No, Butter Isn't Back: A Cardiologist Explains Why You Should Stay Away From Animal Fat
In the last five years, there's been a huge push to abandon the idea that saturated fats promote heart disease. Books, magazines, podcasts, prominent newspapers, and even medical journals have spread the word that butter and meats rich in saturated fats might not only be harmless for our hearts, but may even promote health.
How did this all start? The majority of this momentum stems from two medical reports, published in 2010 and 2014, which were “meta-analyses." In other words, not new data, but rather a statistical crunching of prior studies in order to squeeze conclusions. Both of these studies have been harshly criticized for their omission and manipulation of data.
And so a lot of people have been wondering: Is butter really back?
The well-respected researchers (by the way, not known to be part of the vegan movement) began following over 125,000 nurses and health professionals in 1980 who were free of disease, and periodically assessed their diet and health. They then followed this large group for up to 30 years, a massive undertaking, and identified over 7,500 cases of new heart disease.
If you substitute your animal fats with wisely chosen whole foods you won't have to book an appointment with my cardiology practice.
The key finding of the study: if you reduce your intake of saturated fats from butter, dairy and meats and replace the calories with whole grains, polyunsaturated fatty acids ("healthy fats") and monounsaturated fatty acids (like in olives), you should indeed enjoy a significant drop in heart disease risk.
But replacing saturated fats with refined starches and added sugars will not lower heart disease risk.
In other words, people who give up saturated fats tend to replace them with refined carbs, which aren't any healthier and may even increase your risk of heart disease, as previous studies have shown. That's likely what led to the confusing — and erroneous — conclusion of past reports that reducing saturated fats could increase your risk of disease.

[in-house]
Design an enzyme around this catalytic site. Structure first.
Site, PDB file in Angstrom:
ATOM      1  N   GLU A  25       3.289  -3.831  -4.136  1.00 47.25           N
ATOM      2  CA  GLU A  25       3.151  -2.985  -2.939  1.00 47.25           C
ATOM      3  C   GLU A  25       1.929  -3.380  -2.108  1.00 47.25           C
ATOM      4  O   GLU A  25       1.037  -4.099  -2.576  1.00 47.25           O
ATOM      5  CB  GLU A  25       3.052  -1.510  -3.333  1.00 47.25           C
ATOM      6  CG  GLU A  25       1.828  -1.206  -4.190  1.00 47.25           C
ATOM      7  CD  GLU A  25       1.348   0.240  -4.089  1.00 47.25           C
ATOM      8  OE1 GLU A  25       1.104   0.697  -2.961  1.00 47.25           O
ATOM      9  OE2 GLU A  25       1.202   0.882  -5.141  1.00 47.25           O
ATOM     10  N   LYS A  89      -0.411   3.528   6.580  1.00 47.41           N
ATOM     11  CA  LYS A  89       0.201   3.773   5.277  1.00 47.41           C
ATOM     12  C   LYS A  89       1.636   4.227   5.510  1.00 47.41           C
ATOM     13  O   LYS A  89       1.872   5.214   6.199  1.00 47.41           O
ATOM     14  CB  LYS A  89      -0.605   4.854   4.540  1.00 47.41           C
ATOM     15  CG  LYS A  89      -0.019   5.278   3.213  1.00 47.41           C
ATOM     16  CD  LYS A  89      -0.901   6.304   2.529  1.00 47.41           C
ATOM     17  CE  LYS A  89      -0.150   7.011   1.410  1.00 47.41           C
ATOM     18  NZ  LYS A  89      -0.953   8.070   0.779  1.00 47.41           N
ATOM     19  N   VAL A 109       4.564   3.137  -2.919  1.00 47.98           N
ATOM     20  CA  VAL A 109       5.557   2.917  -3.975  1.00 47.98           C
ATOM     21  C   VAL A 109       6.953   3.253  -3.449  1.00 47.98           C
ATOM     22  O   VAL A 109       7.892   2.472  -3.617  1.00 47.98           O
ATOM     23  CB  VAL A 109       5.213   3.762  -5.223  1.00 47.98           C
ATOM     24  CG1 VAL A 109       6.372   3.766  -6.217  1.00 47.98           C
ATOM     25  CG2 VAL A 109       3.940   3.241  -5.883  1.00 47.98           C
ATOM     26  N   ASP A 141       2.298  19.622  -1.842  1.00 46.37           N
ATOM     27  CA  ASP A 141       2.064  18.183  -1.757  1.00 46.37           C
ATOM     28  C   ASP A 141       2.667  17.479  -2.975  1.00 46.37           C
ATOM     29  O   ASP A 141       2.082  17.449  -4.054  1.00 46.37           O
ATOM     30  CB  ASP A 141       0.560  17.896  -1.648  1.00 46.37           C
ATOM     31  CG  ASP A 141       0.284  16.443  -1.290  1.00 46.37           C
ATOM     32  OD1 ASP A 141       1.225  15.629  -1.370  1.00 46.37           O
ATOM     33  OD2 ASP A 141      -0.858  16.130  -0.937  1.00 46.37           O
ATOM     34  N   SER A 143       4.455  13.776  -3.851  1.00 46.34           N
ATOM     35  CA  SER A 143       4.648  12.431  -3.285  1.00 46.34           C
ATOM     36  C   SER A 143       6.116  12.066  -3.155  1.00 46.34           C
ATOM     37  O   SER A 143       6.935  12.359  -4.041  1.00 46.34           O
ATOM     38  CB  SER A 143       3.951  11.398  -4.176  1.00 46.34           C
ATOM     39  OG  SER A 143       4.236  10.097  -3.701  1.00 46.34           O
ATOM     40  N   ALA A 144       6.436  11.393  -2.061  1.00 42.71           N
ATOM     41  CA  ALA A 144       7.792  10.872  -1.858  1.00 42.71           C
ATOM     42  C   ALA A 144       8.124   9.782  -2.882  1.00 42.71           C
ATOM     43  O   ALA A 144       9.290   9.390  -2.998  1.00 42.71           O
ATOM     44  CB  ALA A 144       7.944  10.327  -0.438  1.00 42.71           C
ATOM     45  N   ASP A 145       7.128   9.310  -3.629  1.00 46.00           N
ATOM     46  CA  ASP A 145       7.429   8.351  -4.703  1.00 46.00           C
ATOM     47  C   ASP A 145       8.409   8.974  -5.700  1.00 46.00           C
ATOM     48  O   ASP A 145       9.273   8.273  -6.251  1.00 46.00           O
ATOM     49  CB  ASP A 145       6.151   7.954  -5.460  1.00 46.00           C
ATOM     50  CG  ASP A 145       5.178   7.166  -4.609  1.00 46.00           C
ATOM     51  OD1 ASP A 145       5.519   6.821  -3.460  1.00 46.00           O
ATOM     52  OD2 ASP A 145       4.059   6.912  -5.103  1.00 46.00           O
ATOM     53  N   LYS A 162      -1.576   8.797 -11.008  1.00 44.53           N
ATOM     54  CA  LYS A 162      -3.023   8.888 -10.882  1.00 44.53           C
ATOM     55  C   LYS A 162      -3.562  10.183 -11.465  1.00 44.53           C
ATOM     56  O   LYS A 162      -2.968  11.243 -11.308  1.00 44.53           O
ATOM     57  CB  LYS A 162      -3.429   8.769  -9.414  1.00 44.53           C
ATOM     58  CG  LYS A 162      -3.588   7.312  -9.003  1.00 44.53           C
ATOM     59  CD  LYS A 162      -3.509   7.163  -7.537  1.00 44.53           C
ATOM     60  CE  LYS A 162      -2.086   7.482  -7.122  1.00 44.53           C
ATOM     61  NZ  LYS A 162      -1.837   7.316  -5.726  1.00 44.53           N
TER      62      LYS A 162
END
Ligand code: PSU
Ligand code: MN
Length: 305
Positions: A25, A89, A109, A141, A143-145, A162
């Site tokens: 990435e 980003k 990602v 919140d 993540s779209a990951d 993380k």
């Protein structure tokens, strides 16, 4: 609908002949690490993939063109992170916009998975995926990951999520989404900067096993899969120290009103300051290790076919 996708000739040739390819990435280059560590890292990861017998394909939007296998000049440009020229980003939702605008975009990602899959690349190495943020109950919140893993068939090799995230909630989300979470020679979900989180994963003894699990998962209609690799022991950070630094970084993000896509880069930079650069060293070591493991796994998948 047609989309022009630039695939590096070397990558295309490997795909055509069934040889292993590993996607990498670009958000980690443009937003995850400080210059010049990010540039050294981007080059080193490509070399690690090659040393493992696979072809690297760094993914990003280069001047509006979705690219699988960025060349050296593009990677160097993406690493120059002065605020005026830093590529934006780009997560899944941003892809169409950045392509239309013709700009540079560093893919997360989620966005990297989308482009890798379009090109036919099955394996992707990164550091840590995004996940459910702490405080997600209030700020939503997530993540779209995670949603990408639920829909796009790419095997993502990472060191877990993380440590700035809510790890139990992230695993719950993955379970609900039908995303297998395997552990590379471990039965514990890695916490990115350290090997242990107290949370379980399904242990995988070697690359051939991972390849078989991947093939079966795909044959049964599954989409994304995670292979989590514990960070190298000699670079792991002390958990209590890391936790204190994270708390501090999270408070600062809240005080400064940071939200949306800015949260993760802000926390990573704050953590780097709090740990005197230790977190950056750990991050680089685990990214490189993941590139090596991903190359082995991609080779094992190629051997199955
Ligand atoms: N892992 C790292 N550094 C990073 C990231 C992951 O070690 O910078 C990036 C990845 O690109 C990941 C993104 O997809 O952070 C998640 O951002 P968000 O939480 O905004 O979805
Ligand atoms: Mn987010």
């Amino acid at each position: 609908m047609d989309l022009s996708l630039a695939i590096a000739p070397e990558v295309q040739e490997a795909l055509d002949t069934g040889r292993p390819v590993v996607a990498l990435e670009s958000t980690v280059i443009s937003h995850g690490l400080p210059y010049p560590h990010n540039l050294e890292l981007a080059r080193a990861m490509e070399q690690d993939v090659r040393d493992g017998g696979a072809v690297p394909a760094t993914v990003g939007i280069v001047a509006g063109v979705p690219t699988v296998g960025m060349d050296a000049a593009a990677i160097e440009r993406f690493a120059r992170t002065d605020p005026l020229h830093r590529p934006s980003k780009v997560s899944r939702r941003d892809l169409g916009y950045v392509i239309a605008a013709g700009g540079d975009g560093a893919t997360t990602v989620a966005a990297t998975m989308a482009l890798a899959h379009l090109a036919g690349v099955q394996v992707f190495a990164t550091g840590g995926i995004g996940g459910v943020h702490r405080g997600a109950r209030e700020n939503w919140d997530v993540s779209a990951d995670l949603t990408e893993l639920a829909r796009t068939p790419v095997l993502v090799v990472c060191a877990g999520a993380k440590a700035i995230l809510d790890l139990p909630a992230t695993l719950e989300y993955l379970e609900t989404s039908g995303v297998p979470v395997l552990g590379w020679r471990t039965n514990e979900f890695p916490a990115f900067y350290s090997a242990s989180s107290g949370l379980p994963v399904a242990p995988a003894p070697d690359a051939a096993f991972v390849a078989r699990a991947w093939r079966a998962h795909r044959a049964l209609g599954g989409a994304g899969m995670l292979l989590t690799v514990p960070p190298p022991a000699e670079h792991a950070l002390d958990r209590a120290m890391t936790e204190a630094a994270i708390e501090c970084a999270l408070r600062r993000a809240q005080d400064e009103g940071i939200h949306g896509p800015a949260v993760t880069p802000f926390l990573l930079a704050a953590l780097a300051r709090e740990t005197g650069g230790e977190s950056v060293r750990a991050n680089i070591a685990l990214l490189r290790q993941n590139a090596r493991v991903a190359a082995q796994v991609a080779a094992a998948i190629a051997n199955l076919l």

The bottom line: Limiting saturated fats will benefit your heart but — and here's the crucial part — only if you replace them with the right foods.
So what should you eat instead? The study found that a higher intake of whole grains and polyunsaturated fatty acids like vegetables oils, nuts and seeds, was associated with less heart disease, while a higher intake of refined starches and added sugars (think baked goods and pizza dough) was associated with more heart disease.
As Dr. Frank Hu, the senior author of the study, told the Harvard Gazette: “In terms of heart disease risk, saturated fat and refined carbohydrates appear to be similarly unhealthful.”
So what should you eat for breakfast tomorrow morning? Instead of following the health advice of magazine covers and frying eggs and turkey sausage in grass-fed butter, the research shows you should opt for whole-wheat toast with an organic canola-oil-based spread and steel cut oatmeal, or a smoothie with ground flax seed, berries and greens.
Twenty-five years ago, Dr. Dean Ornish demonstrated that you can halt and reverse established heart disease with a plant-based diet with no added oils or fats.
Now, with the Harvard study, we're again reminded that if you substitute your animal fats with wisely chosen whole foods naturally low in added oils, sugars and salts, you likely won't have to book an appointment with my cardiology practice.
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